Endobronchial Ultrasound Diagnosis of a Malignant Superior Vena Cava Tumor Thrombus Extending Into the Right Atrium: An Unusual Cause of Recurrent Syncope.


South Atlantic


Grand Strand Medical Center

Document Type

Case Report

Publication Date



endobronchial ultrasound (ebus), incidental diagnosis, right atrial thrombus, superior vena cava (svc) obstruction, svc syndrome, syncope, unexplained syncope, unusual cause of recurrent syncope


Cardiovascular Diseases | Diagnosis | Internal Medicine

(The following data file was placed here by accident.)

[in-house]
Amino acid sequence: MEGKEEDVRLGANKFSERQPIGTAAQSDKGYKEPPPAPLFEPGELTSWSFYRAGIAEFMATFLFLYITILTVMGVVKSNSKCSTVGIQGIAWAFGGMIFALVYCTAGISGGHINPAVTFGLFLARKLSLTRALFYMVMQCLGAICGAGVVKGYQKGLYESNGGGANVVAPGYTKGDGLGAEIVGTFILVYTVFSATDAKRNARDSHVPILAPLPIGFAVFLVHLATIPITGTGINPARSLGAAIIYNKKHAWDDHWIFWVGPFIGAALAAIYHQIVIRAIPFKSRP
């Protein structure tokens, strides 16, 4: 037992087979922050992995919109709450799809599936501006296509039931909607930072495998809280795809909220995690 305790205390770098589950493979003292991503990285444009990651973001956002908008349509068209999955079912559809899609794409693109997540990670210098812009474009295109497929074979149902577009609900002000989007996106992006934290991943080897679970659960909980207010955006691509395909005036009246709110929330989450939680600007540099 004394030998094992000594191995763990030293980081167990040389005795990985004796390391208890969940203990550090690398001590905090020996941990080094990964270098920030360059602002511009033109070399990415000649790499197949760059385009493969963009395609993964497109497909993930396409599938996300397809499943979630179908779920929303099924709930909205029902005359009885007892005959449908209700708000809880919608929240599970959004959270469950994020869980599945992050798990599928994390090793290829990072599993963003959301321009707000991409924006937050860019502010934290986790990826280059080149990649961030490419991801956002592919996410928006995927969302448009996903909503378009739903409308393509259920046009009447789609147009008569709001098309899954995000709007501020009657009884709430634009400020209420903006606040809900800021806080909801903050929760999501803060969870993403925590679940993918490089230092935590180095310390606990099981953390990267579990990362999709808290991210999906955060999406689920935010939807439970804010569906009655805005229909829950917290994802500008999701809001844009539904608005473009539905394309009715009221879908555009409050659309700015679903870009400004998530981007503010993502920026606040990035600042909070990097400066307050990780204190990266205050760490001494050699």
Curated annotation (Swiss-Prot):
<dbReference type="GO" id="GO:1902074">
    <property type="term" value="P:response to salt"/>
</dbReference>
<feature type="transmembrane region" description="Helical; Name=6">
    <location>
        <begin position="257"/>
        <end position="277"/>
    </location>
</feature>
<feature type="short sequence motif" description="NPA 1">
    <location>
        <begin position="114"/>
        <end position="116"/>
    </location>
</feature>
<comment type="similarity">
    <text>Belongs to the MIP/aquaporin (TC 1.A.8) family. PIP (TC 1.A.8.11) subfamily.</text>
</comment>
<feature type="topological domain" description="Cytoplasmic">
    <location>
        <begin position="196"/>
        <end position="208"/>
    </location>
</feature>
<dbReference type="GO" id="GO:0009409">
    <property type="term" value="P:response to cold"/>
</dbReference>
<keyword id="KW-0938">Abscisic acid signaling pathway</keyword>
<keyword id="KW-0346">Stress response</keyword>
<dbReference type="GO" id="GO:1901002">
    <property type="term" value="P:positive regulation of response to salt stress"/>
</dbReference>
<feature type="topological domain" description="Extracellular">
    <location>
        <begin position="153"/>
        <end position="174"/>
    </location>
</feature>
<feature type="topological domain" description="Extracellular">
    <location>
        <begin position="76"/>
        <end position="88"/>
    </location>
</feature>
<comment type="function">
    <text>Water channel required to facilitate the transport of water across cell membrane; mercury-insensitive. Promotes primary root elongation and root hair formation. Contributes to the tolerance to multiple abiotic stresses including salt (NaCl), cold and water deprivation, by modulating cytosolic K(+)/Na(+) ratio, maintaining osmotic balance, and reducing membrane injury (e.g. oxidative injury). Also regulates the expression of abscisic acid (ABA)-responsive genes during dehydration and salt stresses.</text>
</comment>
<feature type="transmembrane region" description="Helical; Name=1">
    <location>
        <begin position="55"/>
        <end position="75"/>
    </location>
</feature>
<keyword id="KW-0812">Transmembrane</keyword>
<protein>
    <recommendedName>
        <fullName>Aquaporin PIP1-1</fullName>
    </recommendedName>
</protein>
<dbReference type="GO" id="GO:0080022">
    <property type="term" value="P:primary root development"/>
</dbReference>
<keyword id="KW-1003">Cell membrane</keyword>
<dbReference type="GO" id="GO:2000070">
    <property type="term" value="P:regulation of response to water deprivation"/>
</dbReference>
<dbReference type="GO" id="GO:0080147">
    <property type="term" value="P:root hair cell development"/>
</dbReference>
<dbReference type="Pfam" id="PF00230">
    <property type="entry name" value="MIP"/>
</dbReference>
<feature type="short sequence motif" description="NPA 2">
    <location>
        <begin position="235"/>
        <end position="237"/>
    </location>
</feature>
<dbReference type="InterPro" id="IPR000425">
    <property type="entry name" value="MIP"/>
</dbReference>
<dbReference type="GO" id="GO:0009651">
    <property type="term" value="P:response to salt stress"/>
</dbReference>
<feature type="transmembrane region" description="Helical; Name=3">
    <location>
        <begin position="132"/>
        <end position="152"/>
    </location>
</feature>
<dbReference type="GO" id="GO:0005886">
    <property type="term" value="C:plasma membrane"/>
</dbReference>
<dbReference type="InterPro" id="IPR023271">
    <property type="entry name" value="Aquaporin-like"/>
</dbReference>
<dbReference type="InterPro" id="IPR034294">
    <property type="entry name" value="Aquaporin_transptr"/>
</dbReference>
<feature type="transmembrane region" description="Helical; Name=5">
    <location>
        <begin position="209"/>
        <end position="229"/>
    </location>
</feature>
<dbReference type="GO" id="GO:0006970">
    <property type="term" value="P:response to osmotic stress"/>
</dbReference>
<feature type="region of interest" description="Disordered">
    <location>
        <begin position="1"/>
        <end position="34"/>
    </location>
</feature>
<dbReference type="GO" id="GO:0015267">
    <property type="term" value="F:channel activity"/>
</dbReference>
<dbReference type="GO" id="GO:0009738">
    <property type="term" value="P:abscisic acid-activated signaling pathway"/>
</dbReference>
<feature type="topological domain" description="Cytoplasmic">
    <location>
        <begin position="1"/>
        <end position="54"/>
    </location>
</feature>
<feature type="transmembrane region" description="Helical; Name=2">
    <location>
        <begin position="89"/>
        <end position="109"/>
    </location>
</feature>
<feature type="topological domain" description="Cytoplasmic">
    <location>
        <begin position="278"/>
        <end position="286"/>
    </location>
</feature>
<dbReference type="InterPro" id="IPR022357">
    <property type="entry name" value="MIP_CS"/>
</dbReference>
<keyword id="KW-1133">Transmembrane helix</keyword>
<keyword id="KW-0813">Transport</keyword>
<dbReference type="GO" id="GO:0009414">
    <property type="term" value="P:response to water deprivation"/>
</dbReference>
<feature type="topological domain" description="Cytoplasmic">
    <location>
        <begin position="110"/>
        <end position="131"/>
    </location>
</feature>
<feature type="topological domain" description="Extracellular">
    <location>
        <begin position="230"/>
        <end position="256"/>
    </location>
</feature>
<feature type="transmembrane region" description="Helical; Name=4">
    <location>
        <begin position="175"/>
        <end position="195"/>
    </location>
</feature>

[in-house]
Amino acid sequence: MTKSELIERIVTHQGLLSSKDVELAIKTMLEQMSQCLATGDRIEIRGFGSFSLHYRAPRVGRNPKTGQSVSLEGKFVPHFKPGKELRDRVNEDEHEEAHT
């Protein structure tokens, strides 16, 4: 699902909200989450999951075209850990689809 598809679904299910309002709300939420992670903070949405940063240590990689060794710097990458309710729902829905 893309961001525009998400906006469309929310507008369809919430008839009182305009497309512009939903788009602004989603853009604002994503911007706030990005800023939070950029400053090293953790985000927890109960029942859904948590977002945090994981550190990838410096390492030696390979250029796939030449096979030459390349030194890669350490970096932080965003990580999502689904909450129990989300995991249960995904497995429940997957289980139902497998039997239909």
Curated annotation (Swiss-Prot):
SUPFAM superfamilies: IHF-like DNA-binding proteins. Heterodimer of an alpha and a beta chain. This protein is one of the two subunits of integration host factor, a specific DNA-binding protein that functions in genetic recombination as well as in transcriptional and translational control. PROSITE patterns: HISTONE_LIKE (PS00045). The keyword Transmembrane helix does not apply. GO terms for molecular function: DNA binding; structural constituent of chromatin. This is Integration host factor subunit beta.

The superior vena cava (SVC) is mainly responsible for the return of blood flow from the head, upper limbs, and neck into the right atrium. The large vein can be subject to extrinsic tumor compression and invasive intraluminal tumors-metastatic and mediastinal tumors that can lead to complete or partial occlusion. SVC occlusion can also result from chronic inflammation or scarring of the vessel iatrogenically by pacemaker wires or venous access ports used for chemotherapy, long-term antibiotics, or hemodialysis. Patients with SVC occlusion present with a constellation of clinical abnormalities that make up SVC syndrome. SVC syndrome includes varying degrees of facial fullness, neck and upper extremity swelling, dyspnea, and classically dilated collateral veins in the upper chest. Very rarely do patients present with syncope, hoarseness, dysphagia, or acute encephalopathy. The diagnosis of SVC syndrome is best established on imaging such as CT Chest with contrast; however, on rare occasions, it can be discovered by endobronchial ultrasound. We present an unusual presentation of SVC syndrome- primarily presenting as frequent syncopal episodes- diagnosed via endobronchial ultrasound.

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